As noted previously on this blog, the Anticybersquatting Consumer Protection Act (“ACPA”) permits litigation to be filed against an infringing domain name itself, not just against the owner of the domain name. Which entity should file responsive pleadings in such a case, the domain name or its owner? In Sauikit LLC v. Cydia.com, the Eastern District of Virginia opined that form should not prevail over substance.
Saurikit brought an action against the domain name cydia.com alleging violations of the ACPA. Defendant’s Answer stated that Cykon Technology (“Cykon”) owned the domain name, but the defendant’s attorney signed the answer “Counsel for Cydia.com” instead of “Counsel for Cykon.” Saurikit moved for judgment on the pleadings, arguing that there was no answer on file by a claimant since the property rather than the owner of the property filed the Answer.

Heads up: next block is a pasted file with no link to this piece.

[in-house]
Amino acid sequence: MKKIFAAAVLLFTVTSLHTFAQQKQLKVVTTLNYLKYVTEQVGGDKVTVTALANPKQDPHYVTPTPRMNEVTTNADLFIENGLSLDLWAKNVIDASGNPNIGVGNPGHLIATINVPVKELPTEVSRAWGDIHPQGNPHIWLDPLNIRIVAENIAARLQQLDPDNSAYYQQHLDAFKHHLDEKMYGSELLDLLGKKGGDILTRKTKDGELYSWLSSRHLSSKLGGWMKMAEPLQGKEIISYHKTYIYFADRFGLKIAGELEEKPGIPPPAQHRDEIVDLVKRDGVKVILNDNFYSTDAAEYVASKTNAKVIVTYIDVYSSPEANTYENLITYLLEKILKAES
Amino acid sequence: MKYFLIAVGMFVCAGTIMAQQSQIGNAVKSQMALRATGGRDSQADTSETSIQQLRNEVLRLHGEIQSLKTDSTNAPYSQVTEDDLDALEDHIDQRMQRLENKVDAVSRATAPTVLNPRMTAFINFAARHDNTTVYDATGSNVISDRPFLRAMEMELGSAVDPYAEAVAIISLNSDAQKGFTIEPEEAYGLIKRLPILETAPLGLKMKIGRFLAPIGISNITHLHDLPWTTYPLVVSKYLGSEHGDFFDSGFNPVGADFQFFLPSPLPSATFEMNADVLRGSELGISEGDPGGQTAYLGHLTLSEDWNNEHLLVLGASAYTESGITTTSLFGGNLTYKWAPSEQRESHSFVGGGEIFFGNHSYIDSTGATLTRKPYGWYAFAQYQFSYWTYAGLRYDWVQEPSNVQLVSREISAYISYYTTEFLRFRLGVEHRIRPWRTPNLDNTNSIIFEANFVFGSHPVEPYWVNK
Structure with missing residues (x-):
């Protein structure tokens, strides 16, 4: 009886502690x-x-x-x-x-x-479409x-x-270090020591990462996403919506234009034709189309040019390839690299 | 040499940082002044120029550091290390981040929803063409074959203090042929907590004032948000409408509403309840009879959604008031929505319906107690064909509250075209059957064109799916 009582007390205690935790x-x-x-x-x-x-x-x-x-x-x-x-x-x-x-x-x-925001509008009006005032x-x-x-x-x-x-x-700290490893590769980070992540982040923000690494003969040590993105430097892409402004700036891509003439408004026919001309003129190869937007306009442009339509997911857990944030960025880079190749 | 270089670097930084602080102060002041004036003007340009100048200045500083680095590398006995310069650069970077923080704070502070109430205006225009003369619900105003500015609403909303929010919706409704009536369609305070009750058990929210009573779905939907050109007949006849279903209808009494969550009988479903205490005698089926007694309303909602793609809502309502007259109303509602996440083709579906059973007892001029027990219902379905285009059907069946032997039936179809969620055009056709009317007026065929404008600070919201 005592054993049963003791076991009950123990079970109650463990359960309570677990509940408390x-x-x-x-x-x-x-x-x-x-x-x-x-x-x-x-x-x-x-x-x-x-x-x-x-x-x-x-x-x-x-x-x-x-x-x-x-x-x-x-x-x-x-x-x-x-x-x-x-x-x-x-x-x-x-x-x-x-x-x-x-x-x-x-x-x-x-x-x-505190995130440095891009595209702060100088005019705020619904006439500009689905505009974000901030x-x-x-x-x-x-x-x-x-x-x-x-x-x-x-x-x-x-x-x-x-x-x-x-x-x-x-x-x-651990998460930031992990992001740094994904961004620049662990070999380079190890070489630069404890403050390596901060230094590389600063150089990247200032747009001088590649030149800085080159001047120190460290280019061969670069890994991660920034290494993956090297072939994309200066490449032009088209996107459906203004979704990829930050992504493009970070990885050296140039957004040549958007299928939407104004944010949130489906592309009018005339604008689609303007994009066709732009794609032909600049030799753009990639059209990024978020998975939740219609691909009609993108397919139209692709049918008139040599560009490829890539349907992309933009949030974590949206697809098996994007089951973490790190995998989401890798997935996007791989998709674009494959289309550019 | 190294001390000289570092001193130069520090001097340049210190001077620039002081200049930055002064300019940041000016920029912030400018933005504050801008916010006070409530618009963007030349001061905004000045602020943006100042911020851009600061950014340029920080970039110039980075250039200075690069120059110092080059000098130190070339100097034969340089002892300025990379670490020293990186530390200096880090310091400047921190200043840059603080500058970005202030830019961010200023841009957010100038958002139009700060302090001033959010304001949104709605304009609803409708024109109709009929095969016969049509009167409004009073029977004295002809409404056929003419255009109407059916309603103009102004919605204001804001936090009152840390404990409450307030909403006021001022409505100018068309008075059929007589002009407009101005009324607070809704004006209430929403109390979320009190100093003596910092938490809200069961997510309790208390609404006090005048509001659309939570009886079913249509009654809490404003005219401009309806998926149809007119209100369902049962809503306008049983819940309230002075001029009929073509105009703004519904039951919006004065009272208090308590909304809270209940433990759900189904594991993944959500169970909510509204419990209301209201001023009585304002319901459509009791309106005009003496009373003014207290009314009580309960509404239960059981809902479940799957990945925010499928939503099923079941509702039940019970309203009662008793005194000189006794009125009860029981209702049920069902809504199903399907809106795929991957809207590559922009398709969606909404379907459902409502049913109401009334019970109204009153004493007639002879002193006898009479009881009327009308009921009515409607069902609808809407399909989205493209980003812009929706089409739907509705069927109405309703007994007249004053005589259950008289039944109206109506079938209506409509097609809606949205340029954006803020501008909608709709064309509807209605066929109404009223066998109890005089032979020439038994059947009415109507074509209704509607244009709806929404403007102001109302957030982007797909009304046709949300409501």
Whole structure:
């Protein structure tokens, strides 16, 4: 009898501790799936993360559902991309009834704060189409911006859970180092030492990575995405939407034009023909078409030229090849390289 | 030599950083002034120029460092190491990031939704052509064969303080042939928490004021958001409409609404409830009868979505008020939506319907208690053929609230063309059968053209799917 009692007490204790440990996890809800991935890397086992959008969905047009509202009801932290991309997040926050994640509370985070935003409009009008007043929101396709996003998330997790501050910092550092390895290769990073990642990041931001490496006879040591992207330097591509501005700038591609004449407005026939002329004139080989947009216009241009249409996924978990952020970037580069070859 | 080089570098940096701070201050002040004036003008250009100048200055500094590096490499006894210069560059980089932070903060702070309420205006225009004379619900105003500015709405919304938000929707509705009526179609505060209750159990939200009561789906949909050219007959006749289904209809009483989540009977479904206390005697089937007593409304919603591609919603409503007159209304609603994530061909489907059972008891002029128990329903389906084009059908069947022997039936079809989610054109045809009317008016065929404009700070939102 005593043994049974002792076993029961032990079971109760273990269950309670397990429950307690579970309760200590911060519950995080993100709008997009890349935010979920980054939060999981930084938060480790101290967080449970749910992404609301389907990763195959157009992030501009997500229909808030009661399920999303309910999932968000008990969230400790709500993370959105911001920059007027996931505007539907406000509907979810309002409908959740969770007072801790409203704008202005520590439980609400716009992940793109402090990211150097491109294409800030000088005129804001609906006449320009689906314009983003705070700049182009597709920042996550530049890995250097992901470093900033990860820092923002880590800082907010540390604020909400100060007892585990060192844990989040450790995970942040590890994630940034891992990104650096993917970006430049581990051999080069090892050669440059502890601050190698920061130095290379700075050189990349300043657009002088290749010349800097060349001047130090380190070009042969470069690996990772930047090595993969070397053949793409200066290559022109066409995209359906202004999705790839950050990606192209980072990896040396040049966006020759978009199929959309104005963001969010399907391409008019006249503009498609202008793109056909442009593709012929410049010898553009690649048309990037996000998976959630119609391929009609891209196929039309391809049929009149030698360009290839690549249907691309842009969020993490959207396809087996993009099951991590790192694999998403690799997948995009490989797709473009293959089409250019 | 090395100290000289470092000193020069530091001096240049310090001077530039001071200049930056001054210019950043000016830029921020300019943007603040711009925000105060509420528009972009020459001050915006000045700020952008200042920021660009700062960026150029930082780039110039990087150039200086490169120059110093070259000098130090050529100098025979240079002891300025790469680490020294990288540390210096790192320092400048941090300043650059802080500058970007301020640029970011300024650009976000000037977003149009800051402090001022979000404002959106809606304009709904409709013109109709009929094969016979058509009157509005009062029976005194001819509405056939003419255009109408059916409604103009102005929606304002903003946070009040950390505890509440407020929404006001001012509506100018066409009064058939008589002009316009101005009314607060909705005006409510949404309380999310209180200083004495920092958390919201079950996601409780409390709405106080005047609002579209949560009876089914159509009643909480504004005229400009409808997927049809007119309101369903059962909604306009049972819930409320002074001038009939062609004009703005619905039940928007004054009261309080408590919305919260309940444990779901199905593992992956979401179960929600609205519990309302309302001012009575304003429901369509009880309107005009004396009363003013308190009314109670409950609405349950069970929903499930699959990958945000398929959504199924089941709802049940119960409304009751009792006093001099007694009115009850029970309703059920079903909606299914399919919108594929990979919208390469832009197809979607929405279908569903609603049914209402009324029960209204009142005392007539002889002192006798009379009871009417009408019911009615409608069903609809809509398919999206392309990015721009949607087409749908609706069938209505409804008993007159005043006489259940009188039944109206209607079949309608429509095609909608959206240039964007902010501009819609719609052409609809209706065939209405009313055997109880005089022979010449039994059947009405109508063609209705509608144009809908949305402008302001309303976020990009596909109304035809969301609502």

A successful judgment on the pleadings requires the moving party to demonstrate that no issues of material fact exist and that it is entitled to judgment as a matter of law. In deciding a motion for a judgment on the pleadings, courts view the facts in the light most favorable to the non-moving party.